"I understand the need to beat inflation and the need for equity in a portfolio. I understand that the mutual fund route is a simple and convenient way to do it. However, I neither have the confidence, nor the time or inclination to create and manage a mutual fund portfolio. I also do not have the confidence or know-how to select a professional who will offer me unbiased advice".
It is not hard to find such people. In fact, I might have even described you, the reader. There are several turnkey or "fill it, shut it, forget it" ways to have equity in one's portfolio for long-term goals.
Mature content warning: The following is meant for mature investors who understand that to 'get', one must 'give'. That both 'convenience' and 'optimization' come at a price.
Care for a push button solution? Photo credit: Sean Hobson (flickr)
When it comes to goal-based investing, two types of maintenance or monitoring is required:
- the portfolio has to be monitored wrt the requirements of the goal. "Is it growing at the right pace?", "Am I on track?"
- the instruments that constitute folio has to be reviewed and suitable action taken.
The first activity is intrinsically personal and has to be done either by the individual or by a designated professional. The main reason why most investors get this wrong is because they are more worried about the second activity.
The second activity requires, above all else, the maturity to 'do nothing' and patiently wait ignoring the noise that surrounds us. For example, when folks in AIFW are arguing about why Quantum Long Term Equity holding cash, we need the maturity to understand what 'long-term investing really means and 'do nothing' ignoring the star rating of the fund. Very few people can do this effectively.
It also requires some understanding how to construct a minimalist portfolio and how to choose funds. It is not rocket science but does involve some reading and understanding.
The point of this post is to (reiterate) the simple fact that for those who do not wish to worry about activity 2, simple solutions are available.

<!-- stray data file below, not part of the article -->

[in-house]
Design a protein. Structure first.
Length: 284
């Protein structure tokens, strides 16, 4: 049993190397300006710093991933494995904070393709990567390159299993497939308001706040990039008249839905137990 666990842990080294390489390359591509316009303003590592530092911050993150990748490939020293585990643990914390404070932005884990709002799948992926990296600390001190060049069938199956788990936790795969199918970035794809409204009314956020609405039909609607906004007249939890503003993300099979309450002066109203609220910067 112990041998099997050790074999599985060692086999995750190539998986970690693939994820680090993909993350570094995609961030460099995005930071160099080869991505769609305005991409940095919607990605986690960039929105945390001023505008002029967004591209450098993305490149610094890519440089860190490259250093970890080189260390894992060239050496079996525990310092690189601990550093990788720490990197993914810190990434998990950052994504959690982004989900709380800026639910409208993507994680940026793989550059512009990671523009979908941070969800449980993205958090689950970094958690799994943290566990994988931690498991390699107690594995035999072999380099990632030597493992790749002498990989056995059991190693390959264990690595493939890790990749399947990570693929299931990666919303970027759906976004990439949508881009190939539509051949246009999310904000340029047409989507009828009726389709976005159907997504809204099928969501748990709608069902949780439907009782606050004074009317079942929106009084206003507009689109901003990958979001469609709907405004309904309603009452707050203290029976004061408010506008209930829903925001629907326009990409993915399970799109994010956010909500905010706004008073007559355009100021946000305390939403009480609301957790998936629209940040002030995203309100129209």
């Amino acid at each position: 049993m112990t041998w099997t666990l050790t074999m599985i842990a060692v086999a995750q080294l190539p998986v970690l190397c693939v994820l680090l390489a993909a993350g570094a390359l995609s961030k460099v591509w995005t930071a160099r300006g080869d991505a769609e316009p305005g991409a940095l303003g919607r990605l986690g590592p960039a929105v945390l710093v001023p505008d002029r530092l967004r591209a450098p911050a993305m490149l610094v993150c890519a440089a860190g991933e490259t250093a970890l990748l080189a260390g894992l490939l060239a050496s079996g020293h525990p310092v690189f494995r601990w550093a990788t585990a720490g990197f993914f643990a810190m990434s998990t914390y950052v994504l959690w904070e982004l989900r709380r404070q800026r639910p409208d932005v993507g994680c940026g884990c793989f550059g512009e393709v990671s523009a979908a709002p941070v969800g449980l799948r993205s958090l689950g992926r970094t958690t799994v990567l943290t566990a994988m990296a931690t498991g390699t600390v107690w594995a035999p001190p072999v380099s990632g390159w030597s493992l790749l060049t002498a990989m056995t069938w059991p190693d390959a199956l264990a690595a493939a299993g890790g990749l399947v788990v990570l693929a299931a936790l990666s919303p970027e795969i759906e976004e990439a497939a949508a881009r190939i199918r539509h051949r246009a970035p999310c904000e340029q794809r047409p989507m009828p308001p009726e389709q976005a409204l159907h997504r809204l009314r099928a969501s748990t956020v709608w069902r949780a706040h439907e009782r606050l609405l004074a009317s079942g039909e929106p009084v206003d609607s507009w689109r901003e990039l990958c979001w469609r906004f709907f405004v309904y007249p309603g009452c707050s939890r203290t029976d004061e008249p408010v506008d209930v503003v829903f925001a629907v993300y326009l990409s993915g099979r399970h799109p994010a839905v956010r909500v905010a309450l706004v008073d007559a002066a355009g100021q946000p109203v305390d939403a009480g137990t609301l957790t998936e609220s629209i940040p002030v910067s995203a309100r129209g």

There is no escaping from activity 1. However, I firmly believe if the second activity is well accounted for, the first becomes a breeze to handle.
Equity investing is all about faith and trust. Faith and trust that if the economy is to grow, and if the GDP is to grow, equity (or the underlying business) will have to be profitable. These profits trickle down to the shareholders in the form of an inflation-beating return. One must typically wait 'long enough' to get such a return without alarming fluctuations.
To see what I mean by low fluctuations, play around with this Mutual Fund SIP XIRR Tracker
If you wish to know how returns in mutual fund SIP are calculated, you can consult this: What is XIRR?
It may so happen that that market movers nowhere for several years and this may coincide when the last phase of your financial goal. Therefore, activity 1 is essential to take suitable steps.
There two simple turnkey solutions:
(1) Your portfolio gets broad market returns by simply choosing an index fund like Goldman Sachs CNX 500 Fund.
Or you even choose any Nifty or Sensex index funds. Stay away from ETFs.
A monthly SIP started 10 years ago in Sensex of Nifty funds would have resulted in an XIRR of 11-12%. Considering that it is tax-free and the fact that one does not have to worry about fund manager performance, I think it is more than decent.
(2) Your portfolio gets returns higher than the index by investing in other (direct plan) equity funds. This is known as a fund of fund. The fund manager uses a clearly defined process to invest in equity funds. The investor does not need to do anything except trust the underlying process.
There are many such fund-of-funds, but I am partial to one.
Perhaps because the process is simple to understand. Mention about this fund and immediately someone will say,
- "but there two expense ratios involved: for the funds in the folio, and the fund of fund"
- "the gains are taxed like a debt fund"
If you want a turnkey solution with near-zero maintenance, you can safely ignore such comments.
A SIP in this fund since inception (Aug. 2009) has produced 18.8% XIRR before taxes.
If I were to redeem the investment today, considering exit load, short-term capital gain (at 30% slab), long term capital gain at 20% with indexation, the XIRR will be 16.1%.
For the same period, an index fund tracking the Sensex would have returned 12.8% (before taxes).
To me, Quantum fof seems like a pretty sweet deal, considering it is a professionally managed mutual fund portfolio and no monitoring is required on my part.
If you argue that excess returns above the index will reduce down the line, and therefore taxes matter, I would argue that long-term capital gains from equity would not remain tax free forever. The disparity between the tax treatments will then reduce considerably.
A person who wants a turnkey solution can invest 60% of monthly investible surplus in this fund and the rest in EPF, PPF. Fill it, shut it, forget it.
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